Anton Bruckner died after writing his ninth symphony. So did Beethoven, Schubert, and Dvořák. In the 19th century, a superstition arose that a quick death awaited anyone who wrote nine symphonies.
Arnold Schoenberg wrote: “It seems that the ninth is a limit. He who wants to go beyond it must pass away. It seems as if something might be imparted to us in the Tenth which we ought not yet to know, for which we are not ready. Those who have written a Ninth stood too close to the hereafter.”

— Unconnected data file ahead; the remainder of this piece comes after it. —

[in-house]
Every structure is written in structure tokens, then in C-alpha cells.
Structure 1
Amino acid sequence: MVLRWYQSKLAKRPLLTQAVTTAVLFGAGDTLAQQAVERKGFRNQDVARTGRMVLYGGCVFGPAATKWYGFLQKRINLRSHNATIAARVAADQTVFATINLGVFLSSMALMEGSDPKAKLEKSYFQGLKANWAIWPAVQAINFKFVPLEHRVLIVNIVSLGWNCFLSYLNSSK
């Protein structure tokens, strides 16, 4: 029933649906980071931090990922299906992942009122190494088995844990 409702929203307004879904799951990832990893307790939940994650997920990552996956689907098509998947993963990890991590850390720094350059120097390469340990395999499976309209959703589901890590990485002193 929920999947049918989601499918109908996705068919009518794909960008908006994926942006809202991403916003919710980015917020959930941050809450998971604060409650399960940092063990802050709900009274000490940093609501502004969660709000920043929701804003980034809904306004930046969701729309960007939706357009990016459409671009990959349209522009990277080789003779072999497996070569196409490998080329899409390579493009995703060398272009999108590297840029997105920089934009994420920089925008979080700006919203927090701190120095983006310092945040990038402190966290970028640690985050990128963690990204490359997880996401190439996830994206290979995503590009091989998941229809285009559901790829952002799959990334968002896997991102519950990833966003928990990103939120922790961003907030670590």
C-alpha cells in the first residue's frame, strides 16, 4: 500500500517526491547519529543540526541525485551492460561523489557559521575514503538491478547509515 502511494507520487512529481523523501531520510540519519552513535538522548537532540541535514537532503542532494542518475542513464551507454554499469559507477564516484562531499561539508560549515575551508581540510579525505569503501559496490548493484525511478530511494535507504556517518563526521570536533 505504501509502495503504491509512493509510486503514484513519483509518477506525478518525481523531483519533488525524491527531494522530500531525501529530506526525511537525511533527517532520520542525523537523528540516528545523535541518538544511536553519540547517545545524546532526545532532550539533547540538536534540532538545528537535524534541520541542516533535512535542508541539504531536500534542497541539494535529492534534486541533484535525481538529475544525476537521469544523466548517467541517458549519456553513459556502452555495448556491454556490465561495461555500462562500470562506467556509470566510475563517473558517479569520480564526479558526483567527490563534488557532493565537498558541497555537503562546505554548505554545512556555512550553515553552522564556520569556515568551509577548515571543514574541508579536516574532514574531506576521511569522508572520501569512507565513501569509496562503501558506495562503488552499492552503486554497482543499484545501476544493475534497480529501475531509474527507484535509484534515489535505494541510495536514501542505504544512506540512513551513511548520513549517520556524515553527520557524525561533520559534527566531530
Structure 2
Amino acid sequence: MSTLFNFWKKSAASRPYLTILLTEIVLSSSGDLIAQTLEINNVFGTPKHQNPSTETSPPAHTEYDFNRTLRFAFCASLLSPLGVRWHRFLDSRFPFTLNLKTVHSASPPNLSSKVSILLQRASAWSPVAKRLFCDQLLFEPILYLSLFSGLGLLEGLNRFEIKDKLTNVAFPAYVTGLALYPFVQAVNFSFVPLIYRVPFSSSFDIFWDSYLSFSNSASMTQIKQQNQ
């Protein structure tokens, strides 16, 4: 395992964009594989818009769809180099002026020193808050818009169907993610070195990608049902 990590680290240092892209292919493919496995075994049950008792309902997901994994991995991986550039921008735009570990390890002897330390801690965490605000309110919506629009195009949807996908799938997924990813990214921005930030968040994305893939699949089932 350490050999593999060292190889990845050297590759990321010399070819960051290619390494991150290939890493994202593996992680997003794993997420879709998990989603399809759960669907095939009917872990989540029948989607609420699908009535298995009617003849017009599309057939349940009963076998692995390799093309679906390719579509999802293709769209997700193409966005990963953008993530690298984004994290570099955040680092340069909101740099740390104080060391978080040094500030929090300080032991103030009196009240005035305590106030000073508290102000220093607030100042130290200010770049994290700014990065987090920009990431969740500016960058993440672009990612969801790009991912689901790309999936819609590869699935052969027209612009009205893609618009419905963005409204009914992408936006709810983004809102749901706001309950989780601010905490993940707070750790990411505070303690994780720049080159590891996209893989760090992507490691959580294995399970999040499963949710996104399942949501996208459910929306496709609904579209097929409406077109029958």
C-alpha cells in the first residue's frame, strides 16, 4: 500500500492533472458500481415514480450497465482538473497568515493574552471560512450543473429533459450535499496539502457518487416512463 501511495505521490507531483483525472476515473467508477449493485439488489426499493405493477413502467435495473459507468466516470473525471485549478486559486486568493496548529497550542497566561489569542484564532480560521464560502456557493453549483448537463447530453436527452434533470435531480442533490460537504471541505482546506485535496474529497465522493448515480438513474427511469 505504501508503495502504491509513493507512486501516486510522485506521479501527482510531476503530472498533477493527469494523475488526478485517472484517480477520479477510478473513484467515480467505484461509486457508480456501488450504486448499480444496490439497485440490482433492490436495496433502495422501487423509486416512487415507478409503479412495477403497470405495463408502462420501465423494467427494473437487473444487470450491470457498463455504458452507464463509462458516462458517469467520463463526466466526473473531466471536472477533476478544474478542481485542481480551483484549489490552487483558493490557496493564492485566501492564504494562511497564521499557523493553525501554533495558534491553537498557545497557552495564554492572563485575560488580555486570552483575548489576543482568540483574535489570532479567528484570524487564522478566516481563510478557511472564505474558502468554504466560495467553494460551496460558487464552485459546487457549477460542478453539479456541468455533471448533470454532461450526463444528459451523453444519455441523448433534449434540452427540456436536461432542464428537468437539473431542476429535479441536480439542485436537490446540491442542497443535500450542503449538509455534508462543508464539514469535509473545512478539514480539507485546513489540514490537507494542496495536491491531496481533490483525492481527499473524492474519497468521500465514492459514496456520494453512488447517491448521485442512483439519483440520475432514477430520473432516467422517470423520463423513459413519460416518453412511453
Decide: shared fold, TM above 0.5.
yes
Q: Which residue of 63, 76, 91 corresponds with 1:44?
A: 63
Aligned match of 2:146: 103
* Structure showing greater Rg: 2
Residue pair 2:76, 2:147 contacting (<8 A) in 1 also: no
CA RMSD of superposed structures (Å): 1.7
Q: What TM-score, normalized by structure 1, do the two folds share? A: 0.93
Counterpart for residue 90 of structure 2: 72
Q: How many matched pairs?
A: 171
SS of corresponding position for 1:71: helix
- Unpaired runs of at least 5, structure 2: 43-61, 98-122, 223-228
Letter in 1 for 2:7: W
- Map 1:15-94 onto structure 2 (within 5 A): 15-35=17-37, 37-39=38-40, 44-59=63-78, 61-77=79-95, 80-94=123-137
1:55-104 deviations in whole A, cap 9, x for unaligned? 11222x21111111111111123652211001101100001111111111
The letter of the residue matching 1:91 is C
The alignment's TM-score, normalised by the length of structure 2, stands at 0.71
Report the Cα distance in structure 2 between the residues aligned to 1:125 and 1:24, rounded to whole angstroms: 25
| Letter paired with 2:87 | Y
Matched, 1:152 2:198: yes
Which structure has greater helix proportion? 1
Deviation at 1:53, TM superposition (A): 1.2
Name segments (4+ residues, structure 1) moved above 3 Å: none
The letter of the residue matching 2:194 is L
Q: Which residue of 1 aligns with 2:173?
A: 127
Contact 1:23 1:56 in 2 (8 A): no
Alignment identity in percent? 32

Mahler figured he could escape the curse with a decoy: When he finished his ninth, he retitled it “The Song of the Earth” and wrote a second “ninth” symphony. When nothing happened, he told his wife “the danger is past,” started a new work — and died.